Getting to Know … Cass Cassell

Central Gwinnett girls head coach Cass Cassell, 52, is beginning his last season as head coach of the Black Knights. The veteran coach, who has been at Central since 1991 and has been the girls head coach since 1996, has won 517 games in his illustrious career.

In this latest installment of "Getting to Know...," Cassell talks with staff writer Corey Clark on a variety of topics, ranging from his passion for Kentucky basketball to his relationship with his father to the decision to retire.

CC: You've said this is your last year, what are you going to miss most about coaching?

CC: Not only the relationships with the players, but the relationships with other coaches, too. I really enjoy the friendships I have in the coaching profession. The basketball coaches in Gwinnett are super people. Next year, I may be going to watch their practices just to see what I've been doing wrong for 31 years.

CC: You've won over 500 games in your career, any of those wins or maybe one of those teams - the state championship one perhaps - really stand out to you?

CC: The year before we won state, when we got beat in the finals and we had a 29-game winning streak, that was a lot of fun. We weren't ranked in any of the polls at the beginning of the season, but we kept steamrolling. We had a lot of close games that year and were able to pull them out. It was a lot of fun. And last year's team, we really did well when we weren't expected to do very well. That was a lot of fun watching those kids.

CC: Where were you when (Duke's Christian) Laettner hit the shot to beat Kentucky (in 1992)?

CC: I was sitting in my living room, jumping up and down with joy because Sean Woods had just hit a shot to put us ahead.

CC: And what were you doing after Laettner's shot went in?

CC: I was on the floor crying. I do cry after they lose sometimes. Even now.

CC: How long did it take to get over such a bitter defeat?

CC: (laughs) I'm still not over it, honestly. I'm still not over it.

CC: Have you gotten a chance to see (Norcross senior and UK commitment) Jodie Meeks play?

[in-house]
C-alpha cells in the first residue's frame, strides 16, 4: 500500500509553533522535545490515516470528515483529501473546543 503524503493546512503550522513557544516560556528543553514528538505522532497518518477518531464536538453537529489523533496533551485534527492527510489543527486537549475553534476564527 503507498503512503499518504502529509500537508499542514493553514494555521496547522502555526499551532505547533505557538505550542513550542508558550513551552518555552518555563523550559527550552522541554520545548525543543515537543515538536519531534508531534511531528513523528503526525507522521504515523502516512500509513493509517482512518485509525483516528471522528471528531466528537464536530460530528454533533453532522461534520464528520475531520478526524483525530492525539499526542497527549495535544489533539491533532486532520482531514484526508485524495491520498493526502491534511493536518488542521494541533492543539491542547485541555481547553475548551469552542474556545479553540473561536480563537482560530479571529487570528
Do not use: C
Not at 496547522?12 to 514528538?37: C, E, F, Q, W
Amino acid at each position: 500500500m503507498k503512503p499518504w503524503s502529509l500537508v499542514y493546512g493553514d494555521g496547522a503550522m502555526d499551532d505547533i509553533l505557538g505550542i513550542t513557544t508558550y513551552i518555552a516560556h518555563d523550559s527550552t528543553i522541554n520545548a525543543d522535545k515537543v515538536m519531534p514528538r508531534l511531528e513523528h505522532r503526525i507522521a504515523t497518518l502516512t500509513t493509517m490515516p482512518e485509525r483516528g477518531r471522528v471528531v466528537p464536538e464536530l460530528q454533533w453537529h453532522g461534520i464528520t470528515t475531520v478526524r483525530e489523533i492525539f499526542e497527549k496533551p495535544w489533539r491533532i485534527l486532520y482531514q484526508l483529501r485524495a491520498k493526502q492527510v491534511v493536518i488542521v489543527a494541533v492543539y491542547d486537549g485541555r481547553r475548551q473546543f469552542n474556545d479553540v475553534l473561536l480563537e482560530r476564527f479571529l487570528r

CC: I saw him last year when we played Norcross. He's a good player. And I saw that he chose Kentucky in the paper, so I called (Norcross coach) Eddie Martin and told him to get working on his 3's a little more. Obviously if he's going to Kentucky though, he's a good player. We're glad to have him up there.

CC: Your dad Glenn was the winningest coach in Georgia high school history until a few years ago, so how much was basketball a part of your life growing up? Did you ever think about doing anything else?

CC: I've wanted to be a coach since about the second grade on. My dad felt when I was in the second grade I would end up being a coach. It's all I ever wanted to do.

CC: Was it tough playing basketball for your dad in high school?

CC: It was pretty tough. I always felt like he was more of a coach than he was a dad. I probably missed out on a few things, father-son sort of stuff, that other people got to experience. But I got to spend a lot of time with him, too. From the time I was real little, I was always in the gym with him.

CC: What TV show do you make a point of watching each week?

CC: My wife and I like to watch "Law and Order."

CC: What's your wife's favorite movie?

CC: (laughs) Wow, I'm not sure. (Turns to his wife.) What's your favorite movie?

CC: (laughs) No, no, don't worry about it. I was trying to see how well you knew her - so instead, what's the best sports movie of all time?

CC: I really like this "Coach Carter" that just came out. My players told me not to watch it though. Because of all the running he made them do.

CC: Even though you're retiring, do you think you'll always be around the game in some capacity?

CC: Yeah, I mean I am retiring from coaching at the end of the year. The principal and the AD know it, I've told them. And I've got a couple of opportunities lined up. One is in the sporting goods business and that would keep me close to it.

And like I said, I'm going to go around and watch (South Gwinnett coach) Mike Allison practice, and (Norcross coach) Mike Lee practice and see what I've been doing wrong for 31 years.